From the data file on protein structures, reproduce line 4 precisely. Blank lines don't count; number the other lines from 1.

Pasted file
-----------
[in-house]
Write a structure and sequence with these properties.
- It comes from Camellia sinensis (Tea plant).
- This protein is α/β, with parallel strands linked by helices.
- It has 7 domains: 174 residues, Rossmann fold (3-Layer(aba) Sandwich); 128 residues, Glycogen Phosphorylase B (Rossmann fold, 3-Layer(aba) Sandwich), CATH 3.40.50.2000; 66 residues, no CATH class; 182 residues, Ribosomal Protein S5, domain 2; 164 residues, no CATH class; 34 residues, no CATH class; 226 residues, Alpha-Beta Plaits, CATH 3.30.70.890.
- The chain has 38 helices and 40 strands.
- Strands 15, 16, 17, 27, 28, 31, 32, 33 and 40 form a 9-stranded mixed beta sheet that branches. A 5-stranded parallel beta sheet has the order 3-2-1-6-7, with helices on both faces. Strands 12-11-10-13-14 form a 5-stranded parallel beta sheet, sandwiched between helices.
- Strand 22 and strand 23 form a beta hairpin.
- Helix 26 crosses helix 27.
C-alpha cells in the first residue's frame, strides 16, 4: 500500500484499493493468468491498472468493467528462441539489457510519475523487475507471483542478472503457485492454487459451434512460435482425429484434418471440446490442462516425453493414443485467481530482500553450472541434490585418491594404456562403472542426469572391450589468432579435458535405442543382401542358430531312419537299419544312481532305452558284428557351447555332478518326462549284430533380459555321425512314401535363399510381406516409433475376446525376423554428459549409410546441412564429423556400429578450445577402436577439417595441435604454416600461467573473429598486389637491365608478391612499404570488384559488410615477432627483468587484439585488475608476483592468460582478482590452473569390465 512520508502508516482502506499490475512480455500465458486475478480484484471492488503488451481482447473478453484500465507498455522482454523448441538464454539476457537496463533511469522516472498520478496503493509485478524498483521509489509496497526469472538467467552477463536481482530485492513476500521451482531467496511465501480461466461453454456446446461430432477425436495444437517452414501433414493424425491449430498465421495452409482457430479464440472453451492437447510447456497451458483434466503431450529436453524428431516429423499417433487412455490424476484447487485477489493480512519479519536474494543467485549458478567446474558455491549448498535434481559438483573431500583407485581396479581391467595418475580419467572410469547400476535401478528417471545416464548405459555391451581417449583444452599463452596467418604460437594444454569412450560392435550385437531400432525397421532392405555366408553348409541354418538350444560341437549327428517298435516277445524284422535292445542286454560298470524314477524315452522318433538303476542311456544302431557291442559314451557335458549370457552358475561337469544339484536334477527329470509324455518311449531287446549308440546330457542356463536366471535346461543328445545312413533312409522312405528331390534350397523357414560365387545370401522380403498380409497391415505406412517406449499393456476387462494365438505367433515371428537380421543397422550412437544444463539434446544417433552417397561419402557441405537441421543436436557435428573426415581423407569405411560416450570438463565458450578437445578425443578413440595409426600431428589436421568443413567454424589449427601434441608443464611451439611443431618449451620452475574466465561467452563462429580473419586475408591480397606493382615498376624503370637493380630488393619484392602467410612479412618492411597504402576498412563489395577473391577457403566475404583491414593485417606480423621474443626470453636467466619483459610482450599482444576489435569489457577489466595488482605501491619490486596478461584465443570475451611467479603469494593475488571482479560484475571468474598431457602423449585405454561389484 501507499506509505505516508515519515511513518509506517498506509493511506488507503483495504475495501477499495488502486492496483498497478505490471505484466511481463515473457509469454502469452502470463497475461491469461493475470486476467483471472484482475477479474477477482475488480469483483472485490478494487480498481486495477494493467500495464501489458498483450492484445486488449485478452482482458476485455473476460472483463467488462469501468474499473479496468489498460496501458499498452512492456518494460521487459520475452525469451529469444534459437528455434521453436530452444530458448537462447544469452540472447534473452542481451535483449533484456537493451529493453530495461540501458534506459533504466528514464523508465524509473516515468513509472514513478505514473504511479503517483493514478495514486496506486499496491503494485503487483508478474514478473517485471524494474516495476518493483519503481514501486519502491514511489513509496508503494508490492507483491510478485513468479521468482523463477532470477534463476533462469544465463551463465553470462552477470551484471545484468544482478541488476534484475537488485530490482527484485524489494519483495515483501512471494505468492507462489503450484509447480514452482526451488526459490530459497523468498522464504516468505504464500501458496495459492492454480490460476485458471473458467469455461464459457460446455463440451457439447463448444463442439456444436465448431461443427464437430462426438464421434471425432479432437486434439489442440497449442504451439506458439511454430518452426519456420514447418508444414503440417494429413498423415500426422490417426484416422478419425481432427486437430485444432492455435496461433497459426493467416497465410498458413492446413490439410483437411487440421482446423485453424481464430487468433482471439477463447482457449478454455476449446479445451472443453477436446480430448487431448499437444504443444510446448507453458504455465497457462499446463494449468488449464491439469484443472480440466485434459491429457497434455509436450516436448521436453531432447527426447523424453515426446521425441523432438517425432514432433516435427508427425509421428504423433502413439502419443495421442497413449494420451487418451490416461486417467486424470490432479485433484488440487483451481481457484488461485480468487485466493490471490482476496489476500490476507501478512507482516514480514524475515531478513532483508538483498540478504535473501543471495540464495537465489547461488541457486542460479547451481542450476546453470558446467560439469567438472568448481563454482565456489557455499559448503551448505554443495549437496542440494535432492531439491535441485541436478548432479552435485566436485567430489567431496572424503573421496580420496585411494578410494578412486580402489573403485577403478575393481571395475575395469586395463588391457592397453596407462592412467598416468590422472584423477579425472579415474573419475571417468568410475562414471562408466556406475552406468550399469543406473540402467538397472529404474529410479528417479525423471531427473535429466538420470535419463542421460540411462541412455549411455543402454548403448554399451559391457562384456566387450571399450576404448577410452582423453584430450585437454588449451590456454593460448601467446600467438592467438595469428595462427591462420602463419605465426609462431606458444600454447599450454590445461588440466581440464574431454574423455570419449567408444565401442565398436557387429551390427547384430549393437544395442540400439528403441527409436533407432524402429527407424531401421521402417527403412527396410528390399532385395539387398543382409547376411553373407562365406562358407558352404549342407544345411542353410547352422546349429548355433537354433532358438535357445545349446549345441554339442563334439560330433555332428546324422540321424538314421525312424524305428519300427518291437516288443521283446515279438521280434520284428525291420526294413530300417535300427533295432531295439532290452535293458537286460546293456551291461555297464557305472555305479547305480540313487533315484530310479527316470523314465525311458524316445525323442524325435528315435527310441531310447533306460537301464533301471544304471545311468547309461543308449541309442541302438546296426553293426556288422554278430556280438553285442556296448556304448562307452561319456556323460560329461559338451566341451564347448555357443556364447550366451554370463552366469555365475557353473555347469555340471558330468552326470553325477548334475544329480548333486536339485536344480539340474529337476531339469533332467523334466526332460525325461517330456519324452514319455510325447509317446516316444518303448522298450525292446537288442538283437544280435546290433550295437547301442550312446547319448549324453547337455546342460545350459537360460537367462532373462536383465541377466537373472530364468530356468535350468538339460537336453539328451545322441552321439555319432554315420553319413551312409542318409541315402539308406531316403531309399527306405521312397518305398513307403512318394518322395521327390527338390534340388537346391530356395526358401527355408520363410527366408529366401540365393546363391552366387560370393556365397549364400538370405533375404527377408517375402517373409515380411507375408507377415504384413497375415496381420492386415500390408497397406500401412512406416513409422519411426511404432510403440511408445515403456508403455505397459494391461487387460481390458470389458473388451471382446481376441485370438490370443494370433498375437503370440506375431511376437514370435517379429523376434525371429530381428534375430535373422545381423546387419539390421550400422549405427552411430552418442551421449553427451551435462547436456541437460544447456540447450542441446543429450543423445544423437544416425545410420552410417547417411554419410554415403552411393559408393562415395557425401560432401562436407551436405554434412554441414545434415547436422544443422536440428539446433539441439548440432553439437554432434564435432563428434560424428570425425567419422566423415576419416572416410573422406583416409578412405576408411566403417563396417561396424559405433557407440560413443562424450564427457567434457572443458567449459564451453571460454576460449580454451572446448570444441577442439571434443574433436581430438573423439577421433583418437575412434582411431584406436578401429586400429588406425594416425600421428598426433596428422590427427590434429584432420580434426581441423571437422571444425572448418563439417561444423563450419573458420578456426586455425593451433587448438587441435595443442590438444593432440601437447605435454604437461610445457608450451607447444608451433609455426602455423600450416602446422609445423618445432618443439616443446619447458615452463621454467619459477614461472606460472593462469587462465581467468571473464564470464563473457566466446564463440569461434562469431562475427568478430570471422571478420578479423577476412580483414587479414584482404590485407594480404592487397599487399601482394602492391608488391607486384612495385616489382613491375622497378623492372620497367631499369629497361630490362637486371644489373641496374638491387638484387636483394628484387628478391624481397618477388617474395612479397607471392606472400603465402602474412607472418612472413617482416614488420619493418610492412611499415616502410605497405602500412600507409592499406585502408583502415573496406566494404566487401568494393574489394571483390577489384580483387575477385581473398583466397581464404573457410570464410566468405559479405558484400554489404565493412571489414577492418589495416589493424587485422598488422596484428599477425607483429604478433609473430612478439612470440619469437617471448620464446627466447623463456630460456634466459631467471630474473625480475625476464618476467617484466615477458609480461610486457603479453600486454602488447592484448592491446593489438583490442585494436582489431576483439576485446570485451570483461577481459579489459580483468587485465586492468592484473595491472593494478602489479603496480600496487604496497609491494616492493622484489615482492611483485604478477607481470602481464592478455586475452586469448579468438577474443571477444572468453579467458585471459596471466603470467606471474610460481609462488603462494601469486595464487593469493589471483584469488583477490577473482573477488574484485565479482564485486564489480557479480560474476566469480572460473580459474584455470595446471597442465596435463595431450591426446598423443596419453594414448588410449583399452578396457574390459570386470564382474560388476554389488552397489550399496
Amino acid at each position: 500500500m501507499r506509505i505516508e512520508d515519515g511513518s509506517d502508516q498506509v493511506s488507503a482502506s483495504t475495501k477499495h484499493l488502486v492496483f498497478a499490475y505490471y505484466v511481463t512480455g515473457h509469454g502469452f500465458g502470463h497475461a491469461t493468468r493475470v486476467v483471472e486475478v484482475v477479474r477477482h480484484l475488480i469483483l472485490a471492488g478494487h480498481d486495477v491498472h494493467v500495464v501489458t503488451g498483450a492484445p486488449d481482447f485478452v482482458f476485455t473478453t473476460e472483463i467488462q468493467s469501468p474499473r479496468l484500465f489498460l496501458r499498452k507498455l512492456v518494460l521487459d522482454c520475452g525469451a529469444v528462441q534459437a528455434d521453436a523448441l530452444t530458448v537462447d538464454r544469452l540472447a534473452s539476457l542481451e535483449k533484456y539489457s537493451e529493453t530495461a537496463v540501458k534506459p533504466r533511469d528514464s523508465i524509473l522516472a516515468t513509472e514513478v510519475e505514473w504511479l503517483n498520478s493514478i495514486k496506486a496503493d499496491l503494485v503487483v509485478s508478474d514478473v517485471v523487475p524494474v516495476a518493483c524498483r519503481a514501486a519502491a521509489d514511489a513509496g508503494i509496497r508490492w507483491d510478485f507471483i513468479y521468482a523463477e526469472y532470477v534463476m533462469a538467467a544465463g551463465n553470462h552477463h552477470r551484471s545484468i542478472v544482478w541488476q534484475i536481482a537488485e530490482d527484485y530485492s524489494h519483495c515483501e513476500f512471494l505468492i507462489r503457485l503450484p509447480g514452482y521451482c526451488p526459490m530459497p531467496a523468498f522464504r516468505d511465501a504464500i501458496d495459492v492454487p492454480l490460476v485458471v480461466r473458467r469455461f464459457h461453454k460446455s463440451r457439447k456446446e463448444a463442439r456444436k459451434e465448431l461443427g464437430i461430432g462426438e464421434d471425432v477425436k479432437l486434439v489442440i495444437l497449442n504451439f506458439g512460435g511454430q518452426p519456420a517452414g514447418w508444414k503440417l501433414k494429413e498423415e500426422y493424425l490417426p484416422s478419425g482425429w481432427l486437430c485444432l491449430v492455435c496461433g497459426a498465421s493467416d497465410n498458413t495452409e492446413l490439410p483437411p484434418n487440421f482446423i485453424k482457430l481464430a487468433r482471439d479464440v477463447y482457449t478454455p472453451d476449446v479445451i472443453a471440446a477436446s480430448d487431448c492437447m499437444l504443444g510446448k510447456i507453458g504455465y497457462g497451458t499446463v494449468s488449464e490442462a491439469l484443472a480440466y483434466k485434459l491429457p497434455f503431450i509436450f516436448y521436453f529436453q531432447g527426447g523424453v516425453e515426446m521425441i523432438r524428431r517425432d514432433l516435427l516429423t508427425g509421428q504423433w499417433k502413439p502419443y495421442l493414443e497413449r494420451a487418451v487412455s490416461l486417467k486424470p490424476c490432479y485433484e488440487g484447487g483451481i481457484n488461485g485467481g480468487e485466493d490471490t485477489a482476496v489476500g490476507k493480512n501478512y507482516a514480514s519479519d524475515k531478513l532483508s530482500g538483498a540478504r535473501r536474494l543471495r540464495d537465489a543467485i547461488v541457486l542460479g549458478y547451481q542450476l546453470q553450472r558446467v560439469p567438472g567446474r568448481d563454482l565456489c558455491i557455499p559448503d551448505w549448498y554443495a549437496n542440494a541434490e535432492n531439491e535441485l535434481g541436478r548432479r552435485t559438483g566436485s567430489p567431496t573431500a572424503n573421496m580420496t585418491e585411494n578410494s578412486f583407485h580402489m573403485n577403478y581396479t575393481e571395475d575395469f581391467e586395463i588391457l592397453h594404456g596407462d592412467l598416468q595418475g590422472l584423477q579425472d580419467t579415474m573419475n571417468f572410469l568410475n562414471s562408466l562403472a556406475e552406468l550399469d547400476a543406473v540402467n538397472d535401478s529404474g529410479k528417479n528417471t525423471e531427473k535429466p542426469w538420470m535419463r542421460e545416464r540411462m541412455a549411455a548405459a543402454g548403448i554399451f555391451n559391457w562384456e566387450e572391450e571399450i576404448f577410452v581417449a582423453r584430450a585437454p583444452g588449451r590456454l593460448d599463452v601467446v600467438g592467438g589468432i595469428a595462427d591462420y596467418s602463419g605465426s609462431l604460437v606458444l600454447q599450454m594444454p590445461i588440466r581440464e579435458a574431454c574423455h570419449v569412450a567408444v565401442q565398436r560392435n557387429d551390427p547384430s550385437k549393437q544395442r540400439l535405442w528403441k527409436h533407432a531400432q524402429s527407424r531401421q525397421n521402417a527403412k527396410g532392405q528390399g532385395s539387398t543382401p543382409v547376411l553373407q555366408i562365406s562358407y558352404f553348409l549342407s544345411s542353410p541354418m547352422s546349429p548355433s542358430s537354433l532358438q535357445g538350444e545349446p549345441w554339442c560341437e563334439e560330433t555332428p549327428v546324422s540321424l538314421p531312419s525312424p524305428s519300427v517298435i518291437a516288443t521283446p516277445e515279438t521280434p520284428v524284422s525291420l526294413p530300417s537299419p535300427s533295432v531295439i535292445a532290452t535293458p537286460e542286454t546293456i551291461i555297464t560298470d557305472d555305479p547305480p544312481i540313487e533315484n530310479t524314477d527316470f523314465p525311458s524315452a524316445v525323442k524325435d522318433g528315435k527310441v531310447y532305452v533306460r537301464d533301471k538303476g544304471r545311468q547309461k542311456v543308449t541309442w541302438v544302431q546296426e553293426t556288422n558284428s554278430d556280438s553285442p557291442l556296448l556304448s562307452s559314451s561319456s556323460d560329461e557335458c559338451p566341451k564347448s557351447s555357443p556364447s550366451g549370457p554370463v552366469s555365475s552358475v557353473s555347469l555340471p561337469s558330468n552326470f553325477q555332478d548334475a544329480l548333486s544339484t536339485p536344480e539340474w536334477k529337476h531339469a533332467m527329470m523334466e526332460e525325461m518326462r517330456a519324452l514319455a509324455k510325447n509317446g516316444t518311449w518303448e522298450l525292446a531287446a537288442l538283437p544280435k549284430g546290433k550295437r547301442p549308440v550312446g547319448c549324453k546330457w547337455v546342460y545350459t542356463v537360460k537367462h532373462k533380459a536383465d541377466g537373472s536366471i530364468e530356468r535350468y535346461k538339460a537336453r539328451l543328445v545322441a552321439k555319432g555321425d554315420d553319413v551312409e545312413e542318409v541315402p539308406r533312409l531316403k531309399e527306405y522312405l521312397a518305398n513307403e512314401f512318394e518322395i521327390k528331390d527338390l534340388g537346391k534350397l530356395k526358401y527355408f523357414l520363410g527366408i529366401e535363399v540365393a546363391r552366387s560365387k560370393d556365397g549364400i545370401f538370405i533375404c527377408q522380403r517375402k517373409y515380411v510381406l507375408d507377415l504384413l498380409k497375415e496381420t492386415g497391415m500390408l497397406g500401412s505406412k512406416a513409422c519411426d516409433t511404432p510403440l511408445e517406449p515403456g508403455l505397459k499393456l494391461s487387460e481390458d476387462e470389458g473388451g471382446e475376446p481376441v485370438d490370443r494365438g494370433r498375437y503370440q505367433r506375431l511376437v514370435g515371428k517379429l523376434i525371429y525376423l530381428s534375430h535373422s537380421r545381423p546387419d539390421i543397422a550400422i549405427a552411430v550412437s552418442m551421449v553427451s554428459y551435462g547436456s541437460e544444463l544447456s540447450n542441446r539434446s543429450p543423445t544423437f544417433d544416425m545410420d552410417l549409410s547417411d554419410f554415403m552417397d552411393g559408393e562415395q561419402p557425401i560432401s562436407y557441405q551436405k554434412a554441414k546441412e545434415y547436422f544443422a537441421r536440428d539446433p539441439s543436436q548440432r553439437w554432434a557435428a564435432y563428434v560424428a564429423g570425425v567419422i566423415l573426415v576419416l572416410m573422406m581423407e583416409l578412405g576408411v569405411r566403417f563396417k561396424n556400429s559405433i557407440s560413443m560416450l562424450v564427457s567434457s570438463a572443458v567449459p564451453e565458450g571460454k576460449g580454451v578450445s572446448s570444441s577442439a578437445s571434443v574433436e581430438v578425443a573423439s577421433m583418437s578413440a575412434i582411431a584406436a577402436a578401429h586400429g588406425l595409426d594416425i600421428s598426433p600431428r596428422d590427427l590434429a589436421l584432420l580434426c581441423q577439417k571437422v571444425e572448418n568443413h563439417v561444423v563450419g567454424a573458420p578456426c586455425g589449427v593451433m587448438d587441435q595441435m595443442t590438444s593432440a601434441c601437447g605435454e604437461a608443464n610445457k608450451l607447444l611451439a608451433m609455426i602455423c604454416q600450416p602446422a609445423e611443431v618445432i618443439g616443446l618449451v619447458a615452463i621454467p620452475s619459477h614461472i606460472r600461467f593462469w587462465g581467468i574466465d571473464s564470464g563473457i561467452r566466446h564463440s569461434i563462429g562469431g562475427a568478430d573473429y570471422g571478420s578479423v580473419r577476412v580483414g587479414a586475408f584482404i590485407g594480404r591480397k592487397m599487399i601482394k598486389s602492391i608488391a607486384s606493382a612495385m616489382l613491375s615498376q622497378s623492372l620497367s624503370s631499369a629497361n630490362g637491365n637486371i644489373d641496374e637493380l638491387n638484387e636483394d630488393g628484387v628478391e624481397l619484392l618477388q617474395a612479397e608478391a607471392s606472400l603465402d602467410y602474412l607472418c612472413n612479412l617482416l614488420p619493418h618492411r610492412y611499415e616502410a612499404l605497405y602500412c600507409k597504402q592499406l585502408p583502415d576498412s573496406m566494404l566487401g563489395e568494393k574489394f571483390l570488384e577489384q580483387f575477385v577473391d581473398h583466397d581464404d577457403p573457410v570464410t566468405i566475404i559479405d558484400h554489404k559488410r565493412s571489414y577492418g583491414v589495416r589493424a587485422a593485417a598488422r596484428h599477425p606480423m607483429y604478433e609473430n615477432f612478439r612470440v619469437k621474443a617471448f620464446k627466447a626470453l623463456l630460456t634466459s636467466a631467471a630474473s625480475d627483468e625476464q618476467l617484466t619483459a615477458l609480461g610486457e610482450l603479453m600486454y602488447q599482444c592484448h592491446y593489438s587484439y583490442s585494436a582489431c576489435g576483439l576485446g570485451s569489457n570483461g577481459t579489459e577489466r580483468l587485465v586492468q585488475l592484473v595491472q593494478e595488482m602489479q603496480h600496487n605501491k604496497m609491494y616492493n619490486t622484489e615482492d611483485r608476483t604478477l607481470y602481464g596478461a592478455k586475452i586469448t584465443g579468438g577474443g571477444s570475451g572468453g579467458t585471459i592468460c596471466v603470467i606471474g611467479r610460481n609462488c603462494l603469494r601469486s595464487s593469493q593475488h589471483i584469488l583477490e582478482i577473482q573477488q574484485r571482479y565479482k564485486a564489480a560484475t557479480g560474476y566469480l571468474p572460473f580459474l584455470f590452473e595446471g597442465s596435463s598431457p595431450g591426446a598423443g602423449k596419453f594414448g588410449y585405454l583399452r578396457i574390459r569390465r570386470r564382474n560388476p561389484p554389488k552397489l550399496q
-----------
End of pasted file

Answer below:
- This protein is α/β, with parallel strands linked by helices.